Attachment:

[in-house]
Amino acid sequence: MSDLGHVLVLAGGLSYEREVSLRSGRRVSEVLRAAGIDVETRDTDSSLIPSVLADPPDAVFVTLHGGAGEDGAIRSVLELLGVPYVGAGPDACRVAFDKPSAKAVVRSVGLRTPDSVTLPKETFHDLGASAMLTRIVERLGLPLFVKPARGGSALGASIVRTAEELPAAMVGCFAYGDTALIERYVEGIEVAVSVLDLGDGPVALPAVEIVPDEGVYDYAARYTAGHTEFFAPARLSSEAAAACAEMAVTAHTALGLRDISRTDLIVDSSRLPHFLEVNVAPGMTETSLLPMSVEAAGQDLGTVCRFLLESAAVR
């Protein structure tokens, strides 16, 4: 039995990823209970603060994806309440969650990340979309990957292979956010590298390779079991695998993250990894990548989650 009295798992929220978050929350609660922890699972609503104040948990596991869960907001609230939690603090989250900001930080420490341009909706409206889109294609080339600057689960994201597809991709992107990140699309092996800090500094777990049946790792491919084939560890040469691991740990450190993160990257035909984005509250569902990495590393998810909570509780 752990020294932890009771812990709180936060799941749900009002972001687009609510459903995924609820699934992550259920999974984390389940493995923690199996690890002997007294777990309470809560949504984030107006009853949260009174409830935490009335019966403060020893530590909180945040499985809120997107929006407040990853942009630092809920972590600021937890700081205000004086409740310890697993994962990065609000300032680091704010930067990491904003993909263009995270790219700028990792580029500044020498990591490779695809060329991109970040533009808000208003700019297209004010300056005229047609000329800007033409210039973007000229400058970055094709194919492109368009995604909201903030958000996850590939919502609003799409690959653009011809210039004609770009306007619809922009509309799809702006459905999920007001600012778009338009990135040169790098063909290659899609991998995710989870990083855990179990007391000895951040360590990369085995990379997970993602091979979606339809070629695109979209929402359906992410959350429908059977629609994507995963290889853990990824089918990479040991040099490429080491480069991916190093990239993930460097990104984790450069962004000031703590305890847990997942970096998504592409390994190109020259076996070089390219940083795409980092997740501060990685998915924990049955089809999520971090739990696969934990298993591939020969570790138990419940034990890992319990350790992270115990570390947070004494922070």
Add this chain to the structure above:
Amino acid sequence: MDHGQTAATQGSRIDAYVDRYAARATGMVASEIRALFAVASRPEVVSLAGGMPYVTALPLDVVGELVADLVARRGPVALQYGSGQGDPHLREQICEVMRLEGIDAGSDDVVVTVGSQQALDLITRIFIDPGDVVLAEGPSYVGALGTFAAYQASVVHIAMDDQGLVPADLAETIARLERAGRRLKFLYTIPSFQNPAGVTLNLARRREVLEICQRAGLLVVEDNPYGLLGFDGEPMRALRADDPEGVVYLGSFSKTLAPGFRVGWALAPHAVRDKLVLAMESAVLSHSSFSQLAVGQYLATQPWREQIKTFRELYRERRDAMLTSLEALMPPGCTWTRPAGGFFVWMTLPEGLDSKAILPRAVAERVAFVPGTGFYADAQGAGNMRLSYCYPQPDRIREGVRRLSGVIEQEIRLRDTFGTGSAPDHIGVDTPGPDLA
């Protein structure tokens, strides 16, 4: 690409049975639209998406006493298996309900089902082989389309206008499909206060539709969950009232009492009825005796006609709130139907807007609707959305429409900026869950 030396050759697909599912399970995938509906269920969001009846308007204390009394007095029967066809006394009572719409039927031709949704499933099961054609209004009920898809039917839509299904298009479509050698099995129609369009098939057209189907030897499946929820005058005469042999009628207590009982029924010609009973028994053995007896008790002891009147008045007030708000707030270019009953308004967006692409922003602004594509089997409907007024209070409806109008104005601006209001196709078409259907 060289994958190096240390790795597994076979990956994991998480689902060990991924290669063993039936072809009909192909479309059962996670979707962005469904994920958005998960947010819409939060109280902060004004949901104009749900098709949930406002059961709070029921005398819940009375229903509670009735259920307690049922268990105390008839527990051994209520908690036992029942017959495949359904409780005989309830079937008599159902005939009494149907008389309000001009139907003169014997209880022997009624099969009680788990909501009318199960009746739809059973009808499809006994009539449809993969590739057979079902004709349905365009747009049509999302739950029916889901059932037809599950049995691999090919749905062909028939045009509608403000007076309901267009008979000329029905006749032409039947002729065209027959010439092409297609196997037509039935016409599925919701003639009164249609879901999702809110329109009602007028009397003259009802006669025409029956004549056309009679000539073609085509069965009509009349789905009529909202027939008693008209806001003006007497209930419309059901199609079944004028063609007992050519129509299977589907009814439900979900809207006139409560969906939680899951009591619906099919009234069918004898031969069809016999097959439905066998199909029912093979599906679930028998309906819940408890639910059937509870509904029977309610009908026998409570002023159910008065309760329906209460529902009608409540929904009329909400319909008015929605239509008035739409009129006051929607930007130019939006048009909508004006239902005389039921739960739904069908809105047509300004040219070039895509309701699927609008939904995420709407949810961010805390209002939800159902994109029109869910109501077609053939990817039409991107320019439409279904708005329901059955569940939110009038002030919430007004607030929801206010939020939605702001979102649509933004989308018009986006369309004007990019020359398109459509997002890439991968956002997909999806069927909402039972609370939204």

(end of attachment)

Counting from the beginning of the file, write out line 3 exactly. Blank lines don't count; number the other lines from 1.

């Protein structure tokens, strides 16, 4: 039995990823209970603060994806309440969650990340979309990957292979956010590298390779079991695998993250990894990548989650 009295798992929220978050929350609660922890699972609503104040948990596991869960907001609230939690603090989250900001930080420490341009909706409206889109294609080339600057689960994201597809991709992107990140699309092996800090500094777990049946790792491919084939560890040469691991740990450190993160990257035909984005509250569902990495590393998810909570509780 752990020294932890009771812990709180936060799941749900009002972001687009609510459903995924609820699934992550259920999974984390389940493995923690199996690890002997007294777990309470809560949504984030107006009853949260009174409830935490009335019966403060020893530590909180945040499985809120997107929006407040990853942009630092809920972590600021937890700081205000004086409740310890697993994962990065609000300032680091704010930067990491904003993909263009995270790219700028990792580029500044020498990591490779695809060329991109970040533009808000208003700019297209004010300056005229047609000329800007033409210039973007000229400058970055094709194919492109368009995604909201903030958000996850590939919502609003799409690959653009011809210039004609770009306007619809922009509309799809702006459905999920007001600012778009338009990135040169790098063909290659899609991998995710989870990083855990179990007391000895951040360590990369085995990379997970993602091979979606339809070629695109979209929402359906992410959350429908059977629609994507995963290889853990990824089918990479040991040099490429080491480069991916190093990239993930460097990104984790450069962004000031703590305890847990997942970096998504592409390994190109020259076996070089390219940083795409980092997740501060990685998915924990049955089809999520971090739990696969934990298993591939020969570790138990419940034990890992319990350790992270115990570390947070004494922070």